A good example was my meeting with the folks at Barnes & Noble. The bookseller's Nook Tablet has a few extra features over the Amazon Kindle Fire (and a slightly higher price point at $249). But, Barnes & Noble understands that its platform is about access to great content, not just a good tablet running Android.
One of the most interesting demonstrations I saw was by Wilocity. Wilocity's customers haven't announced their products using Wilocity chips but just about everyone is going to have their technology embedded by the end of 2012 first in laptops and then in smartphones. It was amazing to watch a DVD movie transfer at lightning speed or the streaming of four movies back and forth between computers and monitors at the same time. Maybe-just maybe-through the Wigig Alliance, companies such as Wilocity will eliminate the complexity of all those cables to set up home theaters and enable rich media to be available throughout the home or office. This company has the backing of major venture capital firms and a strategic investment by Qualcomm. Wilocity's chip will include not only the new gigabit 60GHz wireless chip but also provide backward compatibility with 802.11 a, b, g and n.
Nokia seemed poised for a comeback. For a while, everyone used to have one of those candy bar Nokia cell phones until Motorola brought out the Razr in 2004 and had sold 50 million units by 2006. It was a flip phone and very thin. Nokia kept proceeding as they had in the past because they were the market leader. Nokia's market share dropped. Then, Apple brought out the iPhone in 2007, and I remember folks at Nokia said, "Why should we worry about Apple? We sell more phones in a day than they sell in a year." Nokia's U.S. market share plummeted. Nokia kept saying the company would make a comeback.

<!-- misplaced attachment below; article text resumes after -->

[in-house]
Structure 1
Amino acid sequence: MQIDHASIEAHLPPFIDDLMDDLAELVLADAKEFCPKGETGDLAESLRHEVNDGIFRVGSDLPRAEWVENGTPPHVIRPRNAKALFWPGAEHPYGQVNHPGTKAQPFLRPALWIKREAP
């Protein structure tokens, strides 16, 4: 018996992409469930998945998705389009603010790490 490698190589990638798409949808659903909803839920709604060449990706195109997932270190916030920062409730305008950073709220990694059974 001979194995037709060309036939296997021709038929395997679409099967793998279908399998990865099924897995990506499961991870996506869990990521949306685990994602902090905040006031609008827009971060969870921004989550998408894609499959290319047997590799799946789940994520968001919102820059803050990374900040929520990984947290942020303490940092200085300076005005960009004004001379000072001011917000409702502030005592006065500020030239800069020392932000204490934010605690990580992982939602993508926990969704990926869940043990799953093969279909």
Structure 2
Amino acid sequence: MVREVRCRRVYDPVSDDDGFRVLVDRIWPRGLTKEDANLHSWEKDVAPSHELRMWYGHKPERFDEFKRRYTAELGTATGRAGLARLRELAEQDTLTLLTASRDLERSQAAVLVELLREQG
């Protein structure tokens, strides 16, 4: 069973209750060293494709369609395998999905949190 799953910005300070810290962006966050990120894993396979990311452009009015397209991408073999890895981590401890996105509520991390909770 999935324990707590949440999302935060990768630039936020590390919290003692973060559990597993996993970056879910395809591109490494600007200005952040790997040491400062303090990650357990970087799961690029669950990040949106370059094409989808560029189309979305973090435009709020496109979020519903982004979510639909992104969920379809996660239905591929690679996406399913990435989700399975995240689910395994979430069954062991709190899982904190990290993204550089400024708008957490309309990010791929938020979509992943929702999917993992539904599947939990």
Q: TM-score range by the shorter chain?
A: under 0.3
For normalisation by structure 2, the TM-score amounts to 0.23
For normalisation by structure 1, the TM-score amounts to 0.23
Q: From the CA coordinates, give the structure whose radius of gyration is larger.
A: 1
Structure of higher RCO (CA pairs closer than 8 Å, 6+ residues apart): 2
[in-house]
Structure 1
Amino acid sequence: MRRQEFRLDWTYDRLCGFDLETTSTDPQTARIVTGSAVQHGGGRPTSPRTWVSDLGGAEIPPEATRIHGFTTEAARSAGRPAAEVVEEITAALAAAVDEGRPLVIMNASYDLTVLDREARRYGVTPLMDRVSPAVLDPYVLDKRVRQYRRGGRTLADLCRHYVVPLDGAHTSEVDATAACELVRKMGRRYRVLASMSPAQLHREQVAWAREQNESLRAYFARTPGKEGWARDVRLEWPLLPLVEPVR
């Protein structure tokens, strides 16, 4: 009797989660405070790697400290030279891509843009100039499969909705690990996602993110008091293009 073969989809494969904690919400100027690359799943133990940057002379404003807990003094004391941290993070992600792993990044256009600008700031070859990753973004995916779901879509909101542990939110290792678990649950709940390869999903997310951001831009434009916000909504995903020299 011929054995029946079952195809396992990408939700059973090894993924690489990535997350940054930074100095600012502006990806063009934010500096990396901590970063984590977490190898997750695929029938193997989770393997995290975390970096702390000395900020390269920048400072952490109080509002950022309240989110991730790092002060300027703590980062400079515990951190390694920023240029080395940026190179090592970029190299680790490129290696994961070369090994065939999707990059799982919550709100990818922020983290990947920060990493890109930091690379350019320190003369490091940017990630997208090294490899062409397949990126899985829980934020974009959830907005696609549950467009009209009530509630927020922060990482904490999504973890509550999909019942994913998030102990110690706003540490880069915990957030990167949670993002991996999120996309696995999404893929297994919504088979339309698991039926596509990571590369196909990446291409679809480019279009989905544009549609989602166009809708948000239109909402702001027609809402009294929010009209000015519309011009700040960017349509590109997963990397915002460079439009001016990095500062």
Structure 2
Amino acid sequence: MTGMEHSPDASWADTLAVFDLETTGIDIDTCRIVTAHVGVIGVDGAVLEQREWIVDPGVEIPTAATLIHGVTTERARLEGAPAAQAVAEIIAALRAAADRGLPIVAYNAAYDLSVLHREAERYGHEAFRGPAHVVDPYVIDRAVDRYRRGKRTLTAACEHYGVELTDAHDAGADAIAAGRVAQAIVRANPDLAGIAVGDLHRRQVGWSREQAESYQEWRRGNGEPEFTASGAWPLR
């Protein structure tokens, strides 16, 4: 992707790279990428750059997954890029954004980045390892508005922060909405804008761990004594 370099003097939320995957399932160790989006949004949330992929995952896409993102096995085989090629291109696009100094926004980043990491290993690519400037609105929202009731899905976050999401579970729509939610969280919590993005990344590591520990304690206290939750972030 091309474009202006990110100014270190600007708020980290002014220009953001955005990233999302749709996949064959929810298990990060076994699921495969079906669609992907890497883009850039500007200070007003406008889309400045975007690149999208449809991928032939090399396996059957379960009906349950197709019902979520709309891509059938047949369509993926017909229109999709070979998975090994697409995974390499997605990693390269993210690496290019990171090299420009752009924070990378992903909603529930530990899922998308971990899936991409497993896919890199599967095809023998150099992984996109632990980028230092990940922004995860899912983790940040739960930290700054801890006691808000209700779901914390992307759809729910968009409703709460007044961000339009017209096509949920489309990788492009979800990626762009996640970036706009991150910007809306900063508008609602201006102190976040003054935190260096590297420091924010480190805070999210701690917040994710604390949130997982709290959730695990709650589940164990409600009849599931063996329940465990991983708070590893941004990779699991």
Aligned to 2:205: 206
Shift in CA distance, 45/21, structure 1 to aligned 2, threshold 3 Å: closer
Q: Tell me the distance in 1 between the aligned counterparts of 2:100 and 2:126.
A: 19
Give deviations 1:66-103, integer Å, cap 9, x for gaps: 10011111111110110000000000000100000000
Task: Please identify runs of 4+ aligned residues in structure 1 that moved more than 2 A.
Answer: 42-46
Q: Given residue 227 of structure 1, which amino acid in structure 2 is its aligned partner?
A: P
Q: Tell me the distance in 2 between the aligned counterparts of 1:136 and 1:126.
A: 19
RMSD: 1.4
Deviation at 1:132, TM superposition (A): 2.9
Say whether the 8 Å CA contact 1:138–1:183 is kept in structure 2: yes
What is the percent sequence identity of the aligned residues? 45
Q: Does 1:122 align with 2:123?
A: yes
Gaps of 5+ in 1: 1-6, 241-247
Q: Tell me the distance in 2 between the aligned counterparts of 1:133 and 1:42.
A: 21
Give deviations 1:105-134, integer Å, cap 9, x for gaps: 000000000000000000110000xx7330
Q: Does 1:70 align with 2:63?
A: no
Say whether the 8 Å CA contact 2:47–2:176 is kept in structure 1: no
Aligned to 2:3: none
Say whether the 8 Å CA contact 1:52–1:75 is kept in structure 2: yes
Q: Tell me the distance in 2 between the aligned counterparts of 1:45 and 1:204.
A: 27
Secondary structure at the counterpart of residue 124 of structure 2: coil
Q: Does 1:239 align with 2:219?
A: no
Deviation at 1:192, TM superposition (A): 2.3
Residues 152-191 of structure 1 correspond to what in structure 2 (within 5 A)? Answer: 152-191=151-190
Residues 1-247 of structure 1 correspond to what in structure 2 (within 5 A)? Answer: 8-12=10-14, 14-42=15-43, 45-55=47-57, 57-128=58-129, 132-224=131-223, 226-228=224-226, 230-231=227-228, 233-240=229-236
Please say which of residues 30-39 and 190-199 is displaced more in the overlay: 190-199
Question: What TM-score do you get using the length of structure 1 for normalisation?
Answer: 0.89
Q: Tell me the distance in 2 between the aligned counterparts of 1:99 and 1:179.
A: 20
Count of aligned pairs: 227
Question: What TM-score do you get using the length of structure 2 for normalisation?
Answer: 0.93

Then, one year ago, Nokia announced its strategic partnership with Microsoft and said it would wind down its reliance on Symbian and focus future smartphone efforts around Windows Phone. Was this a glimmer of hope or the last dash before shutting the doors? At CES 2012, Nokia announced three phones around the Lumia brand-the 710, 800 and the eye catching 900-all running Windows Phone 7. At $49.95, the Lumia 710 is being sold through T-Mobile and targeted at the first-time smartphone buyer who's moving up from a feature phone. The Lumia 900 is a full-featured LTE phone with both front and rear-facing camera and custom services such as ESPN SportsCenter feed. It's targeted at technology-aware individuals who want one of the most advanced smartphones on the market.
Motorola executives explained that they are developing specific smartphone and tablet products for each wireless operator. Motorola developed smartphone products for Verizon Wireless and its Droid line. Then, the company developed different devices for AT&T. Motorola is also staying away from the 7.3-inch tablet form factor as the company doesn't want to compete at the "low end" of the market against Amazon. I suspect product strategy to change quite a bit after the Google acquisition is complete.
I met with two major mobile ARM-based CPU vendors: Qualcomm and Nvidia both announced quad-core CPUs for smartphones and tablets. Qualcomm emphasized its product breadth with different models serving different segments of the market while Nvidia emphasized its fifth "very low power" core to be used when demands on the system were very low.
Getting to see all these great innovations is why I love working in the mobile and wireless. It's clear from attending the 2012 CES that the best is yet to come in mobile and wireless.